AYER -- With Internet access and all of the technology available to students today, one might think that school librarians are no longer an essential part of a school's professional staff. Nothing could be further from the truth.
According to a 2012 Pew Internet & American Life Project study, "How Teens Do Research in the Digital World," while the Internet enables students to access a wider range of resources than in the past, the available amount of online information is overwhelming to most students.
Today's professional librarians must be experts in teaching the search skills that help researchers evaluate the quality of information, recognize what information is and is not relevant, and synthesize information from multiple sources.
Needless to say, there is a lot more to today's "librarying" than meets the eye.
One of those who recognized the importance of the work of his school's librarian was Ayer-Shirley Regional High School Assistant Principal Al Varga. Varga recently nominated ASRHS school librarian Margaret "Peggy" Twiss for the Massachusetts School Library Association's Super-Librarian Accolade. On Jan. 26, Twiss received word that she is one of this year's five award recipients.
In a recent email to Ayer-Shirley Superintendent Carl Mock and Assistant Superintendent Mary Beth Hamel, Varga wrote, "With (Principal Brian Haas') support, I nominated Peggy, and am ecstatic that she is being recognized by her professional association for all of the hard work she does on behalf of ASRHS and our students, which we are lucky to bear witness to on a daily basis."
The Super-Librarian Accolade honors MSLA members who have demonstrated excellence in their school library programming and curriculum, or who have made a significant contribution to their school through the library.
The Busy Life of an Ayer-Shirley Veteran
In a brief interview between her instruction of Virtual High School (VHS) students and the entrance of another class, Twiss said that she started her school library career in Shirley 16 years ago.
"I have been at every school in the district," she said. "I was at the middle school for two years, but the position was cut to 80 percent, and so I applied and went to Page Hilltop (Elementary School)."
Eventually, there were more budget cuts, and when her predecessor at the high school retired, she began working half-time there and the other half at Page Hilltop.
"This is my fourth year of being here full time," Twiss stated.
"The rules have changed so much, even in the time I've been doing it," she said of her official duties over the years. "The more technology there is, the more the kids have to sift through. You didn't used to have this barrage of information. Now students need to learn how to discern what is good information and what's not."
Fortunately, said Twiss, the school library is part of the Massachusetts Library System (MLS), so the students have access to the state databases.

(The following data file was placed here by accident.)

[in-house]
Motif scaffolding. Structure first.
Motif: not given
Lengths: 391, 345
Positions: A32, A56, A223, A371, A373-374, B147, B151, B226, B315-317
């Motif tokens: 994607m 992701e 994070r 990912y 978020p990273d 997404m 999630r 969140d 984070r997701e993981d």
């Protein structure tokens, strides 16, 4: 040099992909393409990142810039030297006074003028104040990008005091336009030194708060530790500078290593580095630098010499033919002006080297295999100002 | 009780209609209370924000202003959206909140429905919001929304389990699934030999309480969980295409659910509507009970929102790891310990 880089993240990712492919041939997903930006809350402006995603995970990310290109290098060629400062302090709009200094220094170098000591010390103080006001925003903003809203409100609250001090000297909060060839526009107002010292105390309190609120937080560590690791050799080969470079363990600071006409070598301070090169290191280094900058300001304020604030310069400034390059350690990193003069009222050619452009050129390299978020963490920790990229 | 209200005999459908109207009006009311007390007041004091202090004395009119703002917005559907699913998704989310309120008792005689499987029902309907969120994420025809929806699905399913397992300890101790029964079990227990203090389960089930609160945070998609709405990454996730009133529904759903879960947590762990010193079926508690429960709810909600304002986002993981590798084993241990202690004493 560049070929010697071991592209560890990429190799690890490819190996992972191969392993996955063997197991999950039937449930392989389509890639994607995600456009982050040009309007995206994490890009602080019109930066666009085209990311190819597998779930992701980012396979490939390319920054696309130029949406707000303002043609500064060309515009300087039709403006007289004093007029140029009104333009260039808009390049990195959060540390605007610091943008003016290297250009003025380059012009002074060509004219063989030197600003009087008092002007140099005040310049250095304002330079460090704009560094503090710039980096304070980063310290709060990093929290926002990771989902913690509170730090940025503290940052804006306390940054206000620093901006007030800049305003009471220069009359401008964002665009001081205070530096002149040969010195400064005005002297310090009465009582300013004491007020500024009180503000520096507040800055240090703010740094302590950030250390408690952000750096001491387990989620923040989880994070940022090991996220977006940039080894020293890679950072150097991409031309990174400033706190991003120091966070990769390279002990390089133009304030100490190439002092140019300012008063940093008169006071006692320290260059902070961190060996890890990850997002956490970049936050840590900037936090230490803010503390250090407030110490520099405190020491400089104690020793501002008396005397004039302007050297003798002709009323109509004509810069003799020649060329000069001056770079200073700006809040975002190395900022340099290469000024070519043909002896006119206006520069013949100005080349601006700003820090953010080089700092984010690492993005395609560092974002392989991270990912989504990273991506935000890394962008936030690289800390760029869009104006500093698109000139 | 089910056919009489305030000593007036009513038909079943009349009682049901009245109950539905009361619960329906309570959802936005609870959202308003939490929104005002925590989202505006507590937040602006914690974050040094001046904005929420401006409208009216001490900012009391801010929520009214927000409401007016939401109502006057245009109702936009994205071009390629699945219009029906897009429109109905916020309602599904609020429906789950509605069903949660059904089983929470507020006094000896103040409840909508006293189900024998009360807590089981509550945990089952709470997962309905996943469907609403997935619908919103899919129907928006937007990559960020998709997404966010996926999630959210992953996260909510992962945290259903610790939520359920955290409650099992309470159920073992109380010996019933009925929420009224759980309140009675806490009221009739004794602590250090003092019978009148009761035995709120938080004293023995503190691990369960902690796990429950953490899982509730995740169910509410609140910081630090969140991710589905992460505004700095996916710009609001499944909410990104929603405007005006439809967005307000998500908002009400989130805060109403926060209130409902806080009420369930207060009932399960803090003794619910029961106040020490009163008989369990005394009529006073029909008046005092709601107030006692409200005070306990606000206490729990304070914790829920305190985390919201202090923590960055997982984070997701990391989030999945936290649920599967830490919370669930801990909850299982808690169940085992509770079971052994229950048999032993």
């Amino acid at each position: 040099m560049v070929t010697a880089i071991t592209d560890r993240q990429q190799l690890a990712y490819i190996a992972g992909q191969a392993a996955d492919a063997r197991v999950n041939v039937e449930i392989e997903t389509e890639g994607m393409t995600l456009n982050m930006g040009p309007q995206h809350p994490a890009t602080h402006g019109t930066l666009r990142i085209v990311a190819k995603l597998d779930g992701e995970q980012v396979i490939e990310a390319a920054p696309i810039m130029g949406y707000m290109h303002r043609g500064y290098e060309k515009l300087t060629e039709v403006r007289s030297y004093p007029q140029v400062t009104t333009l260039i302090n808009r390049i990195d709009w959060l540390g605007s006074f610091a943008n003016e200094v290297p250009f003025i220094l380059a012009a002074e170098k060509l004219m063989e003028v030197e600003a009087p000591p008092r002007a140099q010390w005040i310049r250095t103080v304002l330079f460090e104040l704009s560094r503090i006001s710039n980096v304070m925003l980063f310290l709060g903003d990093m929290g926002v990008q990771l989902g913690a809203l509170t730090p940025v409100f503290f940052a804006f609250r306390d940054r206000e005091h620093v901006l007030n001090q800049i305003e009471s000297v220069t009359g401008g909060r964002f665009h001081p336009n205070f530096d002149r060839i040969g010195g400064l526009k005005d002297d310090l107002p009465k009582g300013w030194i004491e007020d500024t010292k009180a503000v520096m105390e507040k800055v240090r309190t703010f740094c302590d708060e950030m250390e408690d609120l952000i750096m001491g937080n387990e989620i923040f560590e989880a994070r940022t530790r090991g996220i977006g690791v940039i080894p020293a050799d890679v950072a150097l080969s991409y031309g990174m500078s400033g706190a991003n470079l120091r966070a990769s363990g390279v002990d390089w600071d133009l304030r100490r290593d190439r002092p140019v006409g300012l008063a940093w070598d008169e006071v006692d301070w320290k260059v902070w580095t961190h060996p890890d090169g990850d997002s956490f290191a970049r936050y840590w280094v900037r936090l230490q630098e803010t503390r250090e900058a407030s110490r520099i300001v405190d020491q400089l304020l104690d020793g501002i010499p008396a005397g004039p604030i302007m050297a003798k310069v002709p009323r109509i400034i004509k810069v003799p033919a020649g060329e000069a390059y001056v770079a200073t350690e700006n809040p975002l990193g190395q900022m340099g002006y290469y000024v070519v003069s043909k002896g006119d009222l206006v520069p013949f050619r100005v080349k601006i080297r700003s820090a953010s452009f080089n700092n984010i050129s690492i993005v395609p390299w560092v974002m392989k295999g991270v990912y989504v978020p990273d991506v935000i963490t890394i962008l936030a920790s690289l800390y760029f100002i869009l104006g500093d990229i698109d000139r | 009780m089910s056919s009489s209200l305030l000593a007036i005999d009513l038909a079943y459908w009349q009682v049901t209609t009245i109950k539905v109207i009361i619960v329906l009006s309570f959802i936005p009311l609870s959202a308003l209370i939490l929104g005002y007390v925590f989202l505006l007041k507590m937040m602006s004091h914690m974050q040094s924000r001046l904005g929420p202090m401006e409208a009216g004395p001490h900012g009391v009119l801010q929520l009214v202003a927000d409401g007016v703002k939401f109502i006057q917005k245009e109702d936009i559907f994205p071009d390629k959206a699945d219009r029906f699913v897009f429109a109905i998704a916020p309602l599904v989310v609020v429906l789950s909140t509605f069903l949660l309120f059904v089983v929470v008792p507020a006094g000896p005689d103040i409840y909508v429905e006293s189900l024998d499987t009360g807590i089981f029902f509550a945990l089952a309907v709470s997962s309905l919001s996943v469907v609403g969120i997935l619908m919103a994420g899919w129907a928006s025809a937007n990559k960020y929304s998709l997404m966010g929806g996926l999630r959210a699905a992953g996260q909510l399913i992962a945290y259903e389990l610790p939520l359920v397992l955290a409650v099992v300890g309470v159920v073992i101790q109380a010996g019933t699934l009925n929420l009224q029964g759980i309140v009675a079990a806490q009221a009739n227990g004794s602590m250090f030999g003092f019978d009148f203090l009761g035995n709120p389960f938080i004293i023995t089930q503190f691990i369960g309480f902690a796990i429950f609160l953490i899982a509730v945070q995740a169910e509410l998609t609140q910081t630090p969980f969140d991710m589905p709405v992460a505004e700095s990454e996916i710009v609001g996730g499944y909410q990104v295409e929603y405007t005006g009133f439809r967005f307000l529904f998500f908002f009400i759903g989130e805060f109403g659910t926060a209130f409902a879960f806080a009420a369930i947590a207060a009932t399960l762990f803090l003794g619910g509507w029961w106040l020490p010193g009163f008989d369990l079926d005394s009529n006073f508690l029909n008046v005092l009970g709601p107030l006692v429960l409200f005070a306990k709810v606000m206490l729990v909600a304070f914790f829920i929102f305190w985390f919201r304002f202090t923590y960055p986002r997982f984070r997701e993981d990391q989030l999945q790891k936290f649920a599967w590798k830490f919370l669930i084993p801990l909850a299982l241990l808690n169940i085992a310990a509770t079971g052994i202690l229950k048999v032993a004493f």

"Most of my time is spent with classes, instructing them on specific and ongoing projects. Research projects require a lot of online searching."
As for acquisitions, Twiss said that she focuses both on books the students recommend and like to read, and on those books, CDs, and DVDs that support the school curriculum.
With the renovation of the high school building ongoing, Twiss knows that the library will soon be moved to another temporary space, but looks forward to the completion of the construction, when the library will be located where the open courtyard is now. Construction is expected to be completed in the fall of 2015.
She said that she was fortunate enough to have the opportunity to advise the building committees of both the middle school building in Shirley, and the new facility at the high school in Ayer.
"It has been a great process," she said.
As the ASRHS librarian/media specialist, not only does Twiss manage the library/media center, but she also oversees the libraries at the middle school and elementary school levels.
Although modest in her accomplishments, she was nominated for the MSLA award for demonstrating excellence in many areas. Her achievements include writing and securing grants to obtain resources to update the library collection; training to become a site coordinator for VHS; directing VHS students in contacting online professors to obtain assistance; reviewing and submitting grades for VHS students; and performing appropriate parent/guardian outreach.
Twiss is also being recognized for successfully purging the entire library fiction section and continuing work on the nonfiction section; directing students in independent studies as library assistants; reviewing, purchasing and implementing a new online catalog system for all district schools; providing input into the design and function of the new library/media center for ASRHS; and serving as committee chair for the upcoming five-year New England Association of Schools & Colleges(NEASC) review.
Twiss also works collaboratively with all faculty members to provide online and physical resources for class projects, and teaches classes in research and source acquisition for students.
She will be formally honored on Sunday, March 9, during the MSLA Annual Meeting Dinner and Awards Banquet in Hyannis.
As a winner of the Super-Librarian Accolade, Twiss is required to write an article for the MSLA online newsletter, "MSLA Forum."
She said that she is considering writing about the school library as a collaborative meeting space for students to study and work together, part of the focus of this year's conference.